Pinned toot

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realia
'
/reɪˈɑːlɪə//rɪˈeɪlɪə/
noun
mass noun
Objects and material from everyday life used as teaching aids.

Origin
1950s: from late Latin, neuter plural (used as a noun) of realis ‘relating to things’ (see real).

I'm trying to teach my cat how to use the computer. We use a laptop as realia. She seems to give knowing looks.

hazard

/ˈhazəd/
noun
1 A danger or risk.
1.1 A potential source of danger.
1.2 A permanent feature of a golf course which presents an obstruction to playing a shot, such as a bunker or stream.
verb
[with object]
Say (something) in a tentative way.

Origin
from Arabic az-zahr ‘chance, luck’, from Persian zār ‘dice’.

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(I don't know about you, but I would consider the crocodile a bigger hazard to my round of golf than the official water hazard itself.)

@LadyIcepaw

Thank you for making a connection.

I'm beginning to read your "Dreammakers" comic and am enjoying it.

Thank you for sharing.

If you find that my toots begin to feel more like clutter than value, drop me. It's your home timeline, after all.

skippable

/ˈskɪpəb(ə)l/
adjective
1 (of a part or feature of something) able to be omitted or passed over so as to get to the next part or feature.
1.1 (of an activity, event, etc.) not worth doing or attending.

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Take the day off. This WotD entry is skippable. Yes, that means you don't have to do anything with it.

(Of course, it did not mean I could skip it!)

@alxd

LibrePlanet typically has lightning talks which don't require a full scheduled session.

@alxd

I look forward to hearing your thoughts.

Back when I was teaching, I often asked what kind of computer my colleagues had at home. Some said things like, "Viewsonic", referring to the monitor's label.

They didn't recognize what the computer was. These were smart people.

ménage

/meɪˈnɑːʒ/
noun
The members of a household.

Origin
Middle English: from Old French menage, from mainer ‘to stay’, influenced by Old French mesnie ‘household’, both ultimately based on Latin manere ‘remain’.

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The family was large and multi-generational. Because grandma was from France, Bobby called them the ménage à treize. He didn't count the dogs or cats, goats or horses.

maple tree is bare
it took a while to get there
final rake today


Monday Edition
(Yes, Sunday slipped right on by.)

catchpenny

/ˈkatʃpɛni/
adjective
attributive - Having a cheap superficial attractiveness designed to encourage quick sales.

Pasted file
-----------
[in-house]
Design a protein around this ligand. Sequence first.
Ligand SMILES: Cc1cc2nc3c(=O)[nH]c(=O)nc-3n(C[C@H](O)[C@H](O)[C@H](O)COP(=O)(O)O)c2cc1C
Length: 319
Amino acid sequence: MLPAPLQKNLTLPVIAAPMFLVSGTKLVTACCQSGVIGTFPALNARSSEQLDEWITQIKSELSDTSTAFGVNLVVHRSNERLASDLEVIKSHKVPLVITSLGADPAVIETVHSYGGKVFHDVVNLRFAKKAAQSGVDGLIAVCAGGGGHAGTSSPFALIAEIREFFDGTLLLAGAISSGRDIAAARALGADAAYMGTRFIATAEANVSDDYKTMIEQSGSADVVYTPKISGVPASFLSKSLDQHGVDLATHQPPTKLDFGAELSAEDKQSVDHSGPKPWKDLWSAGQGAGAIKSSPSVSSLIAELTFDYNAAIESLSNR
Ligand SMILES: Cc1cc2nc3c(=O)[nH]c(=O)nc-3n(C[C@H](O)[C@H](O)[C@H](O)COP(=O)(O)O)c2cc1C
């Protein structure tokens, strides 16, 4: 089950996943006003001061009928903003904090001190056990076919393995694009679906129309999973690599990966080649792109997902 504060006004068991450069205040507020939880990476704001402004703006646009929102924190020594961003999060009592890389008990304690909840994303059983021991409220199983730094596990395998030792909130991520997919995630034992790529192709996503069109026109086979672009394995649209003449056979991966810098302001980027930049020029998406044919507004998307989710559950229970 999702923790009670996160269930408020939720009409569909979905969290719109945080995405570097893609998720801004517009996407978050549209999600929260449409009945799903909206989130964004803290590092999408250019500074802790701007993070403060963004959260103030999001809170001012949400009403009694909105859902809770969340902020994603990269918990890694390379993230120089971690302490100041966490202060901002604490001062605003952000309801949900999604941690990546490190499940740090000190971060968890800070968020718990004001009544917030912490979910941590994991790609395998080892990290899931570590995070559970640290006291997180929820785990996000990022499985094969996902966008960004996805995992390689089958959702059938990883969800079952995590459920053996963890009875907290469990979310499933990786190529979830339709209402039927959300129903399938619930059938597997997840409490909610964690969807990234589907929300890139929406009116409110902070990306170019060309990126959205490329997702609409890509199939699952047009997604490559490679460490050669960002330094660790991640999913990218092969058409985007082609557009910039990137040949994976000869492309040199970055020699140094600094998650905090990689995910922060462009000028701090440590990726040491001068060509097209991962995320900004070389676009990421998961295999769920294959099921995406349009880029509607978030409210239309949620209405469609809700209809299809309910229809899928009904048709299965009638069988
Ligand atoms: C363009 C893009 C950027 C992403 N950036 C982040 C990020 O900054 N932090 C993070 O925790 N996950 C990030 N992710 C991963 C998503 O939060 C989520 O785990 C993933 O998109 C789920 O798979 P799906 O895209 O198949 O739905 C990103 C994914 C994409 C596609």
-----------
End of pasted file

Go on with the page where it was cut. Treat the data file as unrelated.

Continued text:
==========

Clive decided to publish his catchpenny rag in spite of outrage from the royal family.

Sunday Sillies -Wicked Wonderful Wordies -

Idioms or common phrases (American/English) are represented by the position, shape or arrangement of words in or around a square.

Can you figure out this week's wordie? It would be wicked wonderful if you can.

Please use CW/DM to submit your answers, thanks. Give everybody the chance to guess.

Hint: not typical

plicate

/ˈplʌɪkət//ˈplʌɪkeɪt/
adjective
Biology Geology
Folded, crumpled, or corrugated.

Origin
Mid 18th century: from Latin plicatus ‘folded’, past participle of plicare.

==/\==/\======

One tectonic plate placates another, the pushy one, by making plicate mountains. (Fortunately the pattern is open stock, so the world can absorb the damage.)

@ron_houk

Were we connected when I was on the .cloud instance?

triskelion

/trɪˈskɛlɪən/
noun
A Celtic symbol consisting of three legs or lines radiating from a centre.

Origin
Mid 19th century: from tri- ‘three’ + Greek skelos ‘leg’.

===========

Troy tried his hand at triskelion design. He tried three times, times three.

My new 11" Pinebook came with very up-to-date release of Neon from KDE and works very quickly.

It will go with me to meetings, for sure.

@dato1@artritelacy.jp

Thank you for following.

I do not speak Japanese.

Drop me if you need to.

abecedarian

/ˌeɪbiːsiːˈdɛːrɪən/
adjective
1 Arranged alphabetically.
2 Rudimentary; elementary.

Origin
Early 17th century (as noun, in the sense ‘a person who is learning the alphabet or is engaged in elementary education’): from late Latin abecedarius ‘alphabetical’ (from the names of the letters a, b, c, d) + -an.

===============

"It's abecedarian, my dear Watson!" [Sentences not uttered by Sherlock Holmes]

In the home delivery furnace filter ad, the homeowner replaces a filter about three feet tall after receiving a box under two feet tall...

...is this proof of magic?

Civil Action

As he returns his cart at the market, after loading groceries into the car, he occasionally sees another cart left in an empty parking slot. It is sometimes tough to understand why it was left there.

It is his small rebellion to take the second cart back with his own.

@Xey

Thank you for connecting.

I see your account is new.

Just what is it you are "working here"?

wrangle

/ˈraŋɡ(ə)l/
noun
A dispute or argument, typically one that is long and complicated.
verb
1 no object Have a long, complicated dispute or argument.
2 North American with object Round up, herd, or take charge of (livestock)

Origin
Late Middle English: compare with Low German wrangeln, frequentative of wrangen ‘to struggle’; related to wring.

==========

You may have heard that cowboys wrangle a herd of cows or a remuda of horses. Nobody has success with cat wrangling!

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